May 22, 2018

Theoretical verses Practical filmmakers

Some people learn by study and observation.  Others learn by trial and error.  Most of us learn through both methods.  However, there are a few practical filmmakers out there who deny that they learned anything other than by experience.  Let’s contrast those with theoretical filmmakers, who learned how to make great films before they ever got to touch a camera.


Quentin Tarantino.  While Tarantino never went to film school, he studied film more than most film PhDs ever will.  Before Reservoir Dogs, Tarantino had only written screenplays.  He’d been on a TV set to play an Elvis impersonator, but he hadn’t even really directed a short film.  Most of what he learned before his break out feature was from watching films, and taking evening classes in acting.

Sure, Tarantino had a smart part in making a microbudget film, but that was so unwatchable that he is said to have destroyed it.

And guess what? He continues to watch other people’s films and learn from them.  You can read interviews, where he talks about the history of Warner Brothers.  Or, if you’ve watched old movies yourself, you can see the influences:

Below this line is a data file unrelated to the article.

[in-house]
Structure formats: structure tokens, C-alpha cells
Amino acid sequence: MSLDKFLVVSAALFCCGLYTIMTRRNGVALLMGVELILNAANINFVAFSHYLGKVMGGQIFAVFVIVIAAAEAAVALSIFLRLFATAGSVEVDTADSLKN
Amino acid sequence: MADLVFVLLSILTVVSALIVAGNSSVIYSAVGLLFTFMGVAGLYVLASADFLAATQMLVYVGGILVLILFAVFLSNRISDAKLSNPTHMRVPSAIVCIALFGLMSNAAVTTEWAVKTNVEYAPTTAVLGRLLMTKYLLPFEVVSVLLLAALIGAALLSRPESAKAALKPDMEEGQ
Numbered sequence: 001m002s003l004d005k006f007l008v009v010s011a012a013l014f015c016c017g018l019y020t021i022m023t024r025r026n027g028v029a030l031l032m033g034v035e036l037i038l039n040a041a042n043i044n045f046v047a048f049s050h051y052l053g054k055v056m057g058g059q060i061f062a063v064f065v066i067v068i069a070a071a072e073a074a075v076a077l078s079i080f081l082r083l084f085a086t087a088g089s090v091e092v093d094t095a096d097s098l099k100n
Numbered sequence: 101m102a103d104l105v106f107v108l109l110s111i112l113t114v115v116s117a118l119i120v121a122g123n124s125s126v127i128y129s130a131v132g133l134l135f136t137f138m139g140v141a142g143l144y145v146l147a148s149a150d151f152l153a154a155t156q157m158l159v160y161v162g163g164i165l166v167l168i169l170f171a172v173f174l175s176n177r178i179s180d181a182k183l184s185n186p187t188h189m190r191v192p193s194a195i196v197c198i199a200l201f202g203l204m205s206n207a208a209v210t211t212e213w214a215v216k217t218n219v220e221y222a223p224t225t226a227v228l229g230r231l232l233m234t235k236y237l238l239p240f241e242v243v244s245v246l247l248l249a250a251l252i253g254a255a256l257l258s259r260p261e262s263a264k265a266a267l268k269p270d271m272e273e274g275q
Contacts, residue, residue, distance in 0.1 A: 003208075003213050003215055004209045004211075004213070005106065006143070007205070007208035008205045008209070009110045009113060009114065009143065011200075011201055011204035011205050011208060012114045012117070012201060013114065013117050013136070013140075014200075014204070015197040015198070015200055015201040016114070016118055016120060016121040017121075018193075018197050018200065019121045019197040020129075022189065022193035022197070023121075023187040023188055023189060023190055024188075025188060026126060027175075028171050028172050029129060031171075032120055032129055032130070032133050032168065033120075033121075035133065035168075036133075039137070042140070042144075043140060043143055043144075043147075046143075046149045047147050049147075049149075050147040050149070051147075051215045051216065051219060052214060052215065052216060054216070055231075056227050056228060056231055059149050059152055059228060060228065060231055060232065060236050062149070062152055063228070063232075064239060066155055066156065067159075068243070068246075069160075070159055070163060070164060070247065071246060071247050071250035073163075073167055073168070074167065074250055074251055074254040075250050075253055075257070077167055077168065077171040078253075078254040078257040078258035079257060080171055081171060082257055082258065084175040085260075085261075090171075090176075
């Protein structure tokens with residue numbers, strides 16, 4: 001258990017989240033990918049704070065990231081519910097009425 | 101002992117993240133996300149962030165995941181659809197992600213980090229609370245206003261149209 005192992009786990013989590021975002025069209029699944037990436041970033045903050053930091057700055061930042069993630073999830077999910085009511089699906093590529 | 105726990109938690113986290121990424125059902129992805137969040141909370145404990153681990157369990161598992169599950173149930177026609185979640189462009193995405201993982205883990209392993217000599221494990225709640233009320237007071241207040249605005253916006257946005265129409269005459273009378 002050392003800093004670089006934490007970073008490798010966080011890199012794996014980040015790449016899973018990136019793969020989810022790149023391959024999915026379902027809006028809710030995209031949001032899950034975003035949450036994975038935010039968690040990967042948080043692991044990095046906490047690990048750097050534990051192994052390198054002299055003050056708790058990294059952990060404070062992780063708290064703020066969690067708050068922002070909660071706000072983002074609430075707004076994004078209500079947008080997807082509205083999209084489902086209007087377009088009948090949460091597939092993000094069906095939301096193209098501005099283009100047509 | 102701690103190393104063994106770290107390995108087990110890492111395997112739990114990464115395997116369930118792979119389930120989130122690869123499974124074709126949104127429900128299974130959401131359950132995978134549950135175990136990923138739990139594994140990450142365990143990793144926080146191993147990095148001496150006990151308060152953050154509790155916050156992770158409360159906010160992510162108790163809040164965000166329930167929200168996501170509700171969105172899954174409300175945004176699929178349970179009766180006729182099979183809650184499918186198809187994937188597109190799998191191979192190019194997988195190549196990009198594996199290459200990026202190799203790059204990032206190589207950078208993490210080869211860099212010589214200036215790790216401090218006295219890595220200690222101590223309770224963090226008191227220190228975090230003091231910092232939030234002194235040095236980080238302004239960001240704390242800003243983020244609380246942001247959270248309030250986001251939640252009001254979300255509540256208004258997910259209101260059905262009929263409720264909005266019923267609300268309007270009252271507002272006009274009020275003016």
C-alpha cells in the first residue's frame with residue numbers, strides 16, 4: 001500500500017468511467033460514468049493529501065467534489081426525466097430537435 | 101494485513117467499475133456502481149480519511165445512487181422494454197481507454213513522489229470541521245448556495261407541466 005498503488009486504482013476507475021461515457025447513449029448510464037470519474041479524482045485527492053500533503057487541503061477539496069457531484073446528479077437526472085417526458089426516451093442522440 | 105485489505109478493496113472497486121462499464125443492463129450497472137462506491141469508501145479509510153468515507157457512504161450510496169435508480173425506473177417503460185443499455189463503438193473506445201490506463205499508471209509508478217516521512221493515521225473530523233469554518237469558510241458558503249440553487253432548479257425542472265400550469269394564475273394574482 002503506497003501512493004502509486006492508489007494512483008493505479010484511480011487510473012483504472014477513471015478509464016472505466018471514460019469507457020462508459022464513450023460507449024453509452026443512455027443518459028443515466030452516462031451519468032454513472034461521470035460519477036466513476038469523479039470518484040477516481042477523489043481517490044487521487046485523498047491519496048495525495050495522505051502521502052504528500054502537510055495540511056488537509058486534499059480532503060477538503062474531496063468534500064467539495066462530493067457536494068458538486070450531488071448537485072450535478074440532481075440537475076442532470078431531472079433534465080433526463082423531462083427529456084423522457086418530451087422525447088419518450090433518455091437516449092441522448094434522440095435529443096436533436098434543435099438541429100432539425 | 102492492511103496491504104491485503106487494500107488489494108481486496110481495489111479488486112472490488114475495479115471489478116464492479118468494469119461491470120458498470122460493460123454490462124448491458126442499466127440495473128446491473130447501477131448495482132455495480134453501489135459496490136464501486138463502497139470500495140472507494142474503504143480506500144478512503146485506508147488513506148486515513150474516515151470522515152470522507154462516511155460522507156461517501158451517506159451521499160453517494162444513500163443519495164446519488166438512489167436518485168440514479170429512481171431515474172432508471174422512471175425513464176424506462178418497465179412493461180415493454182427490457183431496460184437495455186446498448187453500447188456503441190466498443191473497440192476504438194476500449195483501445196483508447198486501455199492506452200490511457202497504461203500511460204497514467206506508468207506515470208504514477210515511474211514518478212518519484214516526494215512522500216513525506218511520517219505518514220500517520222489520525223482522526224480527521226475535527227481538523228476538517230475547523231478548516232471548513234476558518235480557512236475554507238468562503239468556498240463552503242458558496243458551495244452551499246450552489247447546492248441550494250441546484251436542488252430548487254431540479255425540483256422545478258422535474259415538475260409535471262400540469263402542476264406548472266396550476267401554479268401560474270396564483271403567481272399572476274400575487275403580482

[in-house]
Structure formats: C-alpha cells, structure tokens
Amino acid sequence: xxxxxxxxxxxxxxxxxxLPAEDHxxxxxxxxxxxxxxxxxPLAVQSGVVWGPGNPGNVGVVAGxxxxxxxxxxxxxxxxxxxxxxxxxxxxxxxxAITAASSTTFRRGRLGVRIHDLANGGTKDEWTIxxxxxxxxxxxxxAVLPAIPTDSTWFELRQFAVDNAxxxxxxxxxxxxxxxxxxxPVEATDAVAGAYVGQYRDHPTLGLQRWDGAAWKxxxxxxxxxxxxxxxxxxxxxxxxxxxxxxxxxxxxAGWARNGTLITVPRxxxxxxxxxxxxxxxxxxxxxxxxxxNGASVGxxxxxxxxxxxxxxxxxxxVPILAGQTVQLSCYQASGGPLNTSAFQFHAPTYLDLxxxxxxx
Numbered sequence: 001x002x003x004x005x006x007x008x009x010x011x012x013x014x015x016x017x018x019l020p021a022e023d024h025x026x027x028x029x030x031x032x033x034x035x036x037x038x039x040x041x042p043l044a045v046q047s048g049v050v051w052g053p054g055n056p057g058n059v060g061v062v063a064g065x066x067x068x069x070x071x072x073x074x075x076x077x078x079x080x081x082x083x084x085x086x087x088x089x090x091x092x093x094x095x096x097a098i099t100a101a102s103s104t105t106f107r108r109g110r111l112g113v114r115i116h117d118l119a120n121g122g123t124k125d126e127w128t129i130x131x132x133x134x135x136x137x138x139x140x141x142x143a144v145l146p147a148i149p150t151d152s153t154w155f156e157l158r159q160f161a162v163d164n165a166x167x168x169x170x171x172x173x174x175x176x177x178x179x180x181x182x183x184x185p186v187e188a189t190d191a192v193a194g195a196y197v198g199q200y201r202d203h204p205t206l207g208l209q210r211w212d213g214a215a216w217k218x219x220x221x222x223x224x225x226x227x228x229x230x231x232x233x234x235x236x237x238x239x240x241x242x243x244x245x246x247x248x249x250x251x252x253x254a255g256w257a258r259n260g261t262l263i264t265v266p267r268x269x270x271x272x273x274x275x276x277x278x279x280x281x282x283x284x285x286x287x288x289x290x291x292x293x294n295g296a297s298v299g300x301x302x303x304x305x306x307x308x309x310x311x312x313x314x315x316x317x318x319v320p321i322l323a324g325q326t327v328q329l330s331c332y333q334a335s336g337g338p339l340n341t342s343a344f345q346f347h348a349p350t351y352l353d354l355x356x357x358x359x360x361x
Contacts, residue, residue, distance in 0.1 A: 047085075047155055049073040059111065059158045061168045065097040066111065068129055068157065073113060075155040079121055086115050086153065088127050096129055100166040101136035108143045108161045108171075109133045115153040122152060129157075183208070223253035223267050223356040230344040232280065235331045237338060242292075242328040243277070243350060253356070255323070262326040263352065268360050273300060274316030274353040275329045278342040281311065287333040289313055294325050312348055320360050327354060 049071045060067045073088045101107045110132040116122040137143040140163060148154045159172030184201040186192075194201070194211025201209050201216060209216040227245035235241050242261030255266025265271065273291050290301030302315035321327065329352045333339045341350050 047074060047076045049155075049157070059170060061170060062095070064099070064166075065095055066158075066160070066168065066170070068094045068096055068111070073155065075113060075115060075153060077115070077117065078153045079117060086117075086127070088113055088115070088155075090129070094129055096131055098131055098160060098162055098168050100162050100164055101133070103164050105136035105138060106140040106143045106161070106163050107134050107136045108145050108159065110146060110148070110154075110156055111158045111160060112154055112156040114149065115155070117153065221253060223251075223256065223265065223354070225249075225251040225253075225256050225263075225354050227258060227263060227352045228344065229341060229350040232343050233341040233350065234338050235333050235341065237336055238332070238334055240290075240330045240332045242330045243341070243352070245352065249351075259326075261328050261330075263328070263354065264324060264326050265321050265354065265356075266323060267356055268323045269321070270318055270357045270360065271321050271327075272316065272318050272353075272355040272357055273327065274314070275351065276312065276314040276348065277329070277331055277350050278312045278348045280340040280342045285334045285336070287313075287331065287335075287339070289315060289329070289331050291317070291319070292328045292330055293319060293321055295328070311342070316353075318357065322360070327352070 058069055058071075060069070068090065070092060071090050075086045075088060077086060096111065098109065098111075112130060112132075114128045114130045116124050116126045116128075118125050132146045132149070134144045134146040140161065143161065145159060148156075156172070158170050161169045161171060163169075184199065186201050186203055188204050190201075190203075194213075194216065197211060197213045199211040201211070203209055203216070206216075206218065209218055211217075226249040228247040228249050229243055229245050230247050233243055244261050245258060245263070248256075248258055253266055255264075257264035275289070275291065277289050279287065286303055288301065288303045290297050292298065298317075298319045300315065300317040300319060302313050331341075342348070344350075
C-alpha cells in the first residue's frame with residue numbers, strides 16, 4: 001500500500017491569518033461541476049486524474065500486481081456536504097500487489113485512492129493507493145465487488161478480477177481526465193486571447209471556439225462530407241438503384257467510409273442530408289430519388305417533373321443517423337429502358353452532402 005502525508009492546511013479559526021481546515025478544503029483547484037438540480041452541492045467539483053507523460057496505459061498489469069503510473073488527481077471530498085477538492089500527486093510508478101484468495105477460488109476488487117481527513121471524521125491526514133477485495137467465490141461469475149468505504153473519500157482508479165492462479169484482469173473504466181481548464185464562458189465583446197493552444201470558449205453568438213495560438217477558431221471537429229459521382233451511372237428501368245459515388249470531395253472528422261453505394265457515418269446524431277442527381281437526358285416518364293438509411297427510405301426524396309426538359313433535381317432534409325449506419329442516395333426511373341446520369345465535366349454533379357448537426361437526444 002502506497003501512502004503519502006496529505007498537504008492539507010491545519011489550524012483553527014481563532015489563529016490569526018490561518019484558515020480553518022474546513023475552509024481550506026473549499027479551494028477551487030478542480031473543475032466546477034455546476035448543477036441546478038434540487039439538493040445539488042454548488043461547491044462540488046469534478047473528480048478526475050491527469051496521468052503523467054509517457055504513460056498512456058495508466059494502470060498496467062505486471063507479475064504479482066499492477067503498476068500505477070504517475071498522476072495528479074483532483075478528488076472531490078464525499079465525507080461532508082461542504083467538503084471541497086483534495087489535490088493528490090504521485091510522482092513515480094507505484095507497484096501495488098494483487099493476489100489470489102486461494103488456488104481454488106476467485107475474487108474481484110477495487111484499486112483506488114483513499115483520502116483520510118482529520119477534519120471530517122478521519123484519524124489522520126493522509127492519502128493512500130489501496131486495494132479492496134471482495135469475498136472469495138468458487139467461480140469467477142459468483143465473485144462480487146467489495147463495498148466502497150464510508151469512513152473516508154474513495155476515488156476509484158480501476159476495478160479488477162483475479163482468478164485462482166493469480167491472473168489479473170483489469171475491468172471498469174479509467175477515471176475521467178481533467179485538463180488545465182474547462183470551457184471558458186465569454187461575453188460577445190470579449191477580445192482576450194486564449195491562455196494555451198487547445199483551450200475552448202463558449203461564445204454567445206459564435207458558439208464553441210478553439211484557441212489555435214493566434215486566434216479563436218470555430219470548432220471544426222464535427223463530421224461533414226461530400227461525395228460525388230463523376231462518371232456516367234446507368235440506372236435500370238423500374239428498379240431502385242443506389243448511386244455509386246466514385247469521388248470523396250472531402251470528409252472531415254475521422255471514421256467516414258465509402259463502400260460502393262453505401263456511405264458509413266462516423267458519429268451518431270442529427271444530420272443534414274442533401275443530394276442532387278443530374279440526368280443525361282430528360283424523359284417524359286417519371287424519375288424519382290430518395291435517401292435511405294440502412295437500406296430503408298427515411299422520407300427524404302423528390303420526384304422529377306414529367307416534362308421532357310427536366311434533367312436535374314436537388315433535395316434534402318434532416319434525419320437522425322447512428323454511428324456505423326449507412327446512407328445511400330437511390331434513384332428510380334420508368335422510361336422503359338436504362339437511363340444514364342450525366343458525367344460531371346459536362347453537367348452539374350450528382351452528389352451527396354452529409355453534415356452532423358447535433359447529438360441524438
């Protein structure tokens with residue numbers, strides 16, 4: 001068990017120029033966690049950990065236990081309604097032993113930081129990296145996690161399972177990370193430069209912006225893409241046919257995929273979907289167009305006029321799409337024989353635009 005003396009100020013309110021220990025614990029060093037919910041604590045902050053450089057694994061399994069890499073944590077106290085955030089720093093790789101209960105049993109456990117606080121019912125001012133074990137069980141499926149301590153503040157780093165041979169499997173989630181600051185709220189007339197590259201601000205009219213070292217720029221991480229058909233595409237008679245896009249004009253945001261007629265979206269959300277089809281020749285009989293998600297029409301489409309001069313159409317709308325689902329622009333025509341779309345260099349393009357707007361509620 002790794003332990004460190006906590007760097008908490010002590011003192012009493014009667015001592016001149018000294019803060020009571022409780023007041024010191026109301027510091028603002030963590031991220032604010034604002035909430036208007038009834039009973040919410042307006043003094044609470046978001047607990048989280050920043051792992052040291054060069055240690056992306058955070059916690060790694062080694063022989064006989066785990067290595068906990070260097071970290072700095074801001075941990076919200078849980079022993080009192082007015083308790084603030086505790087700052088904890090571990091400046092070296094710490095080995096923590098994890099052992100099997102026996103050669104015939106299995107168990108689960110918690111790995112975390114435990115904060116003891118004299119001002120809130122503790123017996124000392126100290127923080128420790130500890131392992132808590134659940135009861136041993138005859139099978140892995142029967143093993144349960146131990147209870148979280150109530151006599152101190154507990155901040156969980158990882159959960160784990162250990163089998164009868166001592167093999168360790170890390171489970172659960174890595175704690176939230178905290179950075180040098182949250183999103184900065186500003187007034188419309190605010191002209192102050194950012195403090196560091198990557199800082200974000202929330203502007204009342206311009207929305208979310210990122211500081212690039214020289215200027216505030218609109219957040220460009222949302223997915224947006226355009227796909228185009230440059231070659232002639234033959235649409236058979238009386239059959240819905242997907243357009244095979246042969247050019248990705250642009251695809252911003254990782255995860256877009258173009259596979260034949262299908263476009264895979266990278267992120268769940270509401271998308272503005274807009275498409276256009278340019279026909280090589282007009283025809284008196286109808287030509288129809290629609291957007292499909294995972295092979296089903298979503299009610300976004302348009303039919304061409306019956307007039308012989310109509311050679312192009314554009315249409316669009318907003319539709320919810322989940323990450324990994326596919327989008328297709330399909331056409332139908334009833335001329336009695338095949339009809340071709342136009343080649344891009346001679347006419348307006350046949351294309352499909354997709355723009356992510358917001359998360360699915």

Francois Truffaut.  Before making his first movie, Truffaut was a kind of movie critic.  Then he made 700 blows, and started a movement whereby critics made movies.  This “New Wave” was very influential to the “film school brats” in America, which included Lucas, Coppola and other top filmmakers from the 1960s to 1990s. So, many of the New Wave and film brats could also be called theoretical filmmakers.  As Truffaut says in this clip, sometimes works with first timers.